During the years of his stay in the USA, Kostë Cekrezi had an intense publicist and political activity for the benefit of the Albanian cause. Among other things, he himself informs us in the preface of the book “The third plan of the partition of Albania”, where among other things he writes: “When these lines are coming to light, it has been six years since I was forced. To leave “FREE ALBANIA” (it is about the Committee “Free Albania”, our note), and almost any interference in the Albanian issue. Nevertheless, during this time I have kept my finger on the vein of the Albanian movement from the heart of the capital of the United States of America – the village where I live is only three miles from the White House; I kept correspondence with a close circle of friends; I met and talked with the delegates of the Tirana government at the United Nations; I have published several articles on our issue in American newspapers; and on two occasions I published and distributed two circulars on 15 May 1947 and 1 June 1950. According to my journalism duties, in the first place of which I served for more than 30 years, I sent the English articles and two circulars to you for notice and comment. The editorial offices of “DIELLIT” which I made daily in 1915 – and of “LIRIS” which I raised from the cradle since 1941. But neither of these two newspapers had the generosity to even mention that they received those articles, or circulars in words. And it is probably true that these two notebooks – which they say represent the opinion of the Albanians of America – do not accept any publication that could undermine the monopoly established by their organizations. Where is the time when I accepted for publication the harshest criticism and the fiercest attacks against myself in the pillars of “LIRIS” …?! Meanwhile a bunch of kind friends advised me to publish a third newspaper here in America; and many have pushed me to set up a third organization. But my experience has convinced me, that in this county here cannot be held more than one newspaper or one organization. On the other hand, and in response to the wishes of these patriots, two more newspapers were added to the city of New York, as a publishing center. In addition to these, they give and receive a pile of flyers that leave the center and non-existent offices irregularly, in addition to a number of newsletters that follow us from time to time from distant places like Australia, Argentina and Canada. The publication of so many organs with opposite tendencies is an undoubted symptom of the severe illness from which the whole Albanian issue suffers. For all these reasons, I came to the conclusion that the time had come to raise my voice once again in defense of the Common Homeland with the publication of this book. I hope and pray to the great God that this publication comes out on top of the purpose for which it is coming to light: to show the true state of the Albanian issue “.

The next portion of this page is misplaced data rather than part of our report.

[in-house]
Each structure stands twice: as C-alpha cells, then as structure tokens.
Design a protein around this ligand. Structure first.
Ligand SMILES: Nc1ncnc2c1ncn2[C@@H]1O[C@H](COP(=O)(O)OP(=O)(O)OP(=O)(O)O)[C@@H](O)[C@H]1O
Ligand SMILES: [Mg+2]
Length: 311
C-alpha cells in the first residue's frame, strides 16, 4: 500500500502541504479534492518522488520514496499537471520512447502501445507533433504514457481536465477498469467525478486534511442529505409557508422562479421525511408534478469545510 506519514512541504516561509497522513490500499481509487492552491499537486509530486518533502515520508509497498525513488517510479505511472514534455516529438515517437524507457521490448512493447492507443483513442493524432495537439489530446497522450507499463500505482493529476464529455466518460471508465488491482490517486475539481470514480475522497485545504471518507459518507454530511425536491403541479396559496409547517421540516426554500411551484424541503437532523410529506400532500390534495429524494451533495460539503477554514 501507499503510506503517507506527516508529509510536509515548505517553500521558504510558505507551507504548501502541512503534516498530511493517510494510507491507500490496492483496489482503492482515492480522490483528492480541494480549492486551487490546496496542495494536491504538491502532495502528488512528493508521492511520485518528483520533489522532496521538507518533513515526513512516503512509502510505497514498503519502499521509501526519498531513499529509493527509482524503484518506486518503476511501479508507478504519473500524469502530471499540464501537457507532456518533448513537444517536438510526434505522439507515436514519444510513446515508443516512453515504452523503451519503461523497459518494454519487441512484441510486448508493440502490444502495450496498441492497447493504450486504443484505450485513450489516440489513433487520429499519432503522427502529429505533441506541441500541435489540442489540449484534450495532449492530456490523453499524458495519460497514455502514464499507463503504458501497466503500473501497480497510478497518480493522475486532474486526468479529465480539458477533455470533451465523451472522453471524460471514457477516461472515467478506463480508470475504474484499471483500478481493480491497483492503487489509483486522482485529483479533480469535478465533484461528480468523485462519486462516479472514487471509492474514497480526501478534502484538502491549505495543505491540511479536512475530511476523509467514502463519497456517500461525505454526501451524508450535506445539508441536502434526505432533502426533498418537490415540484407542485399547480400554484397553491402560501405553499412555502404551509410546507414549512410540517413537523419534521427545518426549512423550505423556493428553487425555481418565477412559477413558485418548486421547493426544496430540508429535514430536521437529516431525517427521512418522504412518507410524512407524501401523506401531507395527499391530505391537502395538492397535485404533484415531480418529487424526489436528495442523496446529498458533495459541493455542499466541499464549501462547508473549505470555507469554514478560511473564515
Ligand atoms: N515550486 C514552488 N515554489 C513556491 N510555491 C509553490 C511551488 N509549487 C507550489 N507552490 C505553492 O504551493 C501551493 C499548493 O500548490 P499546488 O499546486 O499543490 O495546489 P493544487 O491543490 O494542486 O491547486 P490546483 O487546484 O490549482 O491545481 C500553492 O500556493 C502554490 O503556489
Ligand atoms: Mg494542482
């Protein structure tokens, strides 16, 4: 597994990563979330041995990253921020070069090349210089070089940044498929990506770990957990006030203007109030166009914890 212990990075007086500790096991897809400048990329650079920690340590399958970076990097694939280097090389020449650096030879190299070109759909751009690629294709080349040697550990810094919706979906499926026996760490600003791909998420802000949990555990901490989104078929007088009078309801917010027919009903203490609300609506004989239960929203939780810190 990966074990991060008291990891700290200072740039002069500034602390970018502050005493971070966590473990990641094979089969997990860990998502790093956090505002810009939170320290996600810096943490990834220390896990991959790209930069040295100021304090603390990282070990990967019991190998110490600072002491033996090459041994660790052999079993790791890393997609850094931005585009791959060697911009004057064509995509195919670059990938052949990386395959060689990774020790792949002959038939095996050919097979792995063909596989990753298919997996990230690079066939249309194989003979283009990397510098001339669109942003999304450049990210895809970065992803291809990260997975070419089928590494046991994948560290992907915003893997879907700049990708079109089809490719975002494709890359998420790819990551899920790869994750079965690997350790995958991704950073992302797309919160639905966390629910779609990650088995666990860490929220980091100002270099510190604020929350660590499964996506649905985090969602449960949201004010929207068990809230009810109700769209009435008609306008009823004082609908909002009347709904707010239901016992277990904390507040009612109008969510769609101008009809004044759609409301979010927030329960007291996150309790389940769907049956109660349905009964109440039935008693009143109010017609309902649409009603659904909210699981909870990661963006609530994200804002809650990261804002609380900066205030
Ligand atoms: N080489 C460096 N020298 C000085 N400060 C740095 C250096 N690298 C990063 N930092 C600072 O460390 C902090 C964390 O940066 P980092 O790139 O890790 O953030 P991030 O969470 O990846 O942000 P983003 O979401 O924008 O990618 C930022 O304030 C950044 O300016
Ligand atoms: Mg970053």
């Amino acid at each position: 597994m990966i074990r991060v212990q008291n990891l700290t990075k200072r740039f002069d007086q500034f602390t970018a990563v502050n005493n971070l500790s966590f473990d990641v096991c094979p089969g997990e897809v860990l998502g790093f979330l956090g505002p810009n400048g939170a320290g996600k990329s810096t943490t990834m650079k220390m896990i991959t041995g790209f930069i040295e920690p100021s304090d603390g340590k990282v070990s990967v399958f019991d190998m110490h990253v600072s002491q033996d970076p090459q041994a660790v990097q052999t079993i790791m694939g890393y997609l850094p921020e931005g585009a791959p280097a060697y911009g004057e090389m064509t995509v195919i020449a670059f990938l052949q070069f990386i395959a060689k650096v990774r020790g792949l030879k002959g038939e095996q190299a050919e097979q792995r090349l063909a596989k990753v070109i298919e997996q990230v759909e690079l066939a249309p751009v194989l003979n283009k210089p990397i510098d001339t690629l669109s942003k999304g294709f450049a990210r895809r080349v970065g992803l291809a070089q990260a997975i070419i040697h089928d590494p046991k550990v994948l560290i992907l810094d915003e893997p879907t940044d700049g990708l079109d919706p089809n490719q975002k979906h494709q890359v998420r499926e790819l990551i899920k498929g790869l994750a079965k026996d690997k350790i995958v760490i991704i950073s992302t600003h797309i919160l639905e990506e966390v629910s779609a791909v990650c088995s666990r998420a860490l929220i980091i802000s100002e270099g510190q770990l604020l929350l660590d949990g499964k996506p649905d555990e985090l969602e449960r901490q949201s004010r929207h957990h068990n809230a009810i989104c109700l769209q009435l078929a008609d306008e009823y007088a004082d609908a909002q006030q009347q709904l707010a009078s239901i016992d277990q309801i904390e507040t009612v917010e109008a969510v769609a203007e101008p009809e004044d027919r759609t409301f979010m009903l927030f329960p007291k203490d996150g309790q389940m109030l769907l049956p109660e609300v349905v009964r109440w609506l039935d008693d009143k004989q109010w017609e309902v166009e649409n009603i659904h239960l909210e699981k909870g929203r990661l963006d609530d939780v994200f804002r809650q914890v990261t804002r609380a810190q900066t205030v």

Lyon Villgas, Virginia, August 1951. Costa A. Çekrezi
Çekrezi, the well-known publicist and politician who fled Albania in 1935, after organizing the Fier Uprising Kostë Cekrezi was born in 1893 in the village of Ziçisht in the district of Korça, where his family comes from, while his publicist and political activity originated in the second ten years of the last century, when he was an immigrant in the US and studied and graduated from the famous Harvard University. During that time he was closely associated with the “Vatra” Association of Albanians of America, where he was entrusted with the management of the newspaper “Dielli” as its editor-in-chief. In 1920, he returned to Albania with many other members of the Vatra Society, who responded to the call “homeland in danger” made by the government of Prime Minister Sulejman Delvina, who left the Lushnja Congress. To take part in the War of Vlora, against the Italians. After the Lushnja Congress, Çekrezi again devoted himself to journalism, being one of the prominent pens of those years, especially in terms of press freedom. From 1926 to 1928, he directed the newspaper “Telegraf” and from 1929 to 1932, the newspaper “Ora”. In 1931, Kostë Çekrezi was arrested by the Zog regime, being accused of being one of the main organizers of the Vlora Movement, which aimed to overthrow King Zog. After his release from prison, he continued to deal with journalism, writing a series of articles in the press of the time. In 1935, Kostë Çekrezi escaped from Albania and fled to Italy, as he and the commander of the Fier gendarmerie, Lieutenant Musa Kranjen, were two of the main leaders of the Fier Uprising, which aimed to overthrow King Zog. At the moment of the outbreak of the uprising, Çekrezi and Kranje escaped arrest after being taken by the Italians and left for Italy on a motorboat. After staying for some time in concentration camps in France, in 1942, Çekrezi immigrated to the United States, where he continued to deal with journalism and politics, engaging entirely in the problems of the Albanian cause. He died in Virginia, USA in 1959, at the age of 67./Memorie.al